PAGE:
As you and your friends begin to raise families, you will all have unique challenges. Perhaps many of you struggle with the typical parenting woes and spats with your partner, but others may have to deal with more medically serious situations — and this includes infertility.
About one in eight couples, or 12% of married women, has trouble getting pregnant or carrying a pregnancy to full term. When your friend confides in you about their struggle to conceive, you may not know what to say. It can be a heartbreaking situation for any family, especially if your friend has dreamed of becoming a parent for years. But remember that you have the tools to help them through this time.
“No matter how you took the news, the fact that they’ve told you is a big deal,” Rachel Gurvich writes in Verywell. “This means they trust you. They think you’ll be supportive. However, knowing how to actually give that support can be tricky, especially if you’ve never experienced infertility yourself.”
The following are some Dos and Don’ts to help you give the best possible support to your friend.
DO ask what they need from you.
You might be embarrassed that you don’t know how to help your friend, and this is why you should simply ask. They might just want someone there to listen, or they might need you to watch their kids while they attend appointments. By asking, you are giving them the opportunity to confide in you rather you assuming what they need.
DON’T start any sentences with “At least.”
It can be tempting to put the situation in perspective for your friend but refrain from doing so. Saying, “At least your health is good overall” can be more painful than you might realize. Remember that their struggle is valid and you are there to support that.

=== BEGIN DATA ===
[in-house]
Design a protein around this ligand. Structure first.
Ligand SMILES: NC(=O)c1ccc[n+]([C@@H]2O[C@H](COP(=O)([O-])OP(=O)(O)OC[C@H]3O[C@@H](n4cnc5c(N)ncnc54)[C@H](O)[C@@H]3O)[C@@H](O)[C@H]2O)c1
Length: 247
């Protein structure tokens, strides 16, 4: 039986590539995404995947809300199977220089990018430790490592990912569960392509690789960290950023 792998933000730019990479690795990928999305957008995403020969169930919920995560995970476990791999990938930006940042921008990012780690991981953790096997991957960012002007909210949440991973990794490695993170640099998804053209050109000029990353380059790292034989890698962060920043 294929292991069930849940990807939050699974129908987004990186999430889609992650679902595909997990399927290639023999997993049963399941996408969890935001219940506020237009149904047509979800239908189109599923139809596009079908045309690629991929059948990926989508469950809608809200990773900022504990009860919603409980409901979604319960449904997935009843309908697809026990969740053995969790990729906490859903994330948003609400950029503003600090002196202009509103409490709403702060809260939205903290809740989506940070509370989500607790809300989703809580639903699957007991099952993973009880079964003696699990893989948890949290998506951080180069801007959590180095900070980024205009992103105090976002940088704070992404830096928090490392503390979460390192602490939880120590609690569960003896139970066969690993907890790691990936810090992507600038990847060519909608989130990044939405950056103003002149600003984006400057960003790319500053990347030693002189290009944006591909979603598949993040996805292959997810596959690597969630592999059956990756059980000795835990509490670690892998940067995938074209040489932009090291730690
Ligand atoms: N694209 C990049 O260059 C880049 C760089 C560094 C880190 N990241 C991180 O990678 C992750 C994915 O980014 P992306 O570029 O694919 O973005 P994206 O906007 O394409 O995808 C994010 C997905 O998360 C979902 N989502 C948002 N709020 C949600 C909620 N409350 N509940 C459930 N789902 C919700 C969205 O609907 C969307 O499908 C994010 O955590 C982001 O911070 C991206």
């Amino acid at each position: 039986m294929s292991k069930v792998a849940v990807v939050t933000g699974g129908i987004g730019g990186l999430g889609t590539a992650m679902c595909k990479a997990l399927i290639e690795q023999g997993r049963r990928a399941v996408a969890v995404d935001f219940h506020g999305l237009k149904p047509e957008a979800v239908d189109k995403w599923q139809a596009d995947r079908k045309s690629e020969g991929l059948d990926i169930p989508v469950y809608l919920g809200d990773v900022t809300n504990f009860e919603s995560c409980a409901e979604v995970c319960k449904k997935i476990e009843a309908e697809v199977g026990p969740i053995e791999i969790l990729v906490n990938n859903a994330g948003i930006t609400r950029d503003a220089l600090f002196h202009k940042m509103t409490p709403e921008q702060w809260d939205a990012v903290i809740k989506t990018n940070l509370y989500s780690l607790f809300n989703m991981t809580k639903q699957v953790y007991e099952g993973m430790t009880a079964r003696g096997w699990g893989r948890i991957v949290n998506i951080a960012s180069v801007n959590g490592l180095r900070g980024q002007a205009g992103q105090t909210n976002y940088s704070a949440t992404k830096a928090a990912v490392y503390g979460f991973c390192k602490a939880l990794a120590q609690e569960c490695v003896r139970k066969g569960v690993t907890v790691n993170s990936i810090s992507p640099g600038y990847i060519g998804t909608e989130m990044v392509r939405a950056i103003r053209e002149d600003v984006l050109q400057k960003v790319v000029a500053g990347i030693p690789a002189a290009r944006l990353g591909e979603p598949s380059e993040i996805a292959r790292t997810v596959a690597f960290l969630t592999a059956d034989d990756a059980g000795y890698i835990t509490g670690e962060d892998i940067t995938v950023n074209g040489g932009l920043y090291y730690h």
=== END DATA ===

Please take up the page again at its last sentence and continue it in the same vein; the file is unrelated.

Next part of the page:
DO take the time to listen.
Be sure to thoughtfully and mindfully listen to your friend while they are talking about their infertility. Refrain from giving advice when it’s not asked for. This time together and your calming presence can go a long way for your friend.
DON’T complain about your own parenting responsibilities.
When you are doing everything you can to have kids, there is nothing worse than hearing someone else complain about their little ones. Even when you are having a frustrating day, remember that your friend would happily trade places with you. While it’s still okay to confide in someone about these issues, find a friend who is not struggling with their fertility.
DO provide fun distractions.
While your friend is focused on conceiving or going through fertility treatments, it can seem like this is their entire life. You have the opportunity to introduce some joy and normalcy back into your friend’s routine. Plan nights out, take an exercise class together, or take a weekend getaway to give your friend a boost.
During your friend’s infertility battle, the best you can do is be there in any way they want you to.
“The medical protocol for infertility is between a doctor and a patient, and getting in the middle of your friend’s treatment is not a wise decision,” Barbara Collura, President and CEO of RESOLVE, said in a statement to Parents. “However, infertility medical treatments can be stressful, and standing by your friend with emotional support during this time is critical.”
So, grab your friend’s favorite chick flicks and snacks, and get ready to provide the love and support she needs.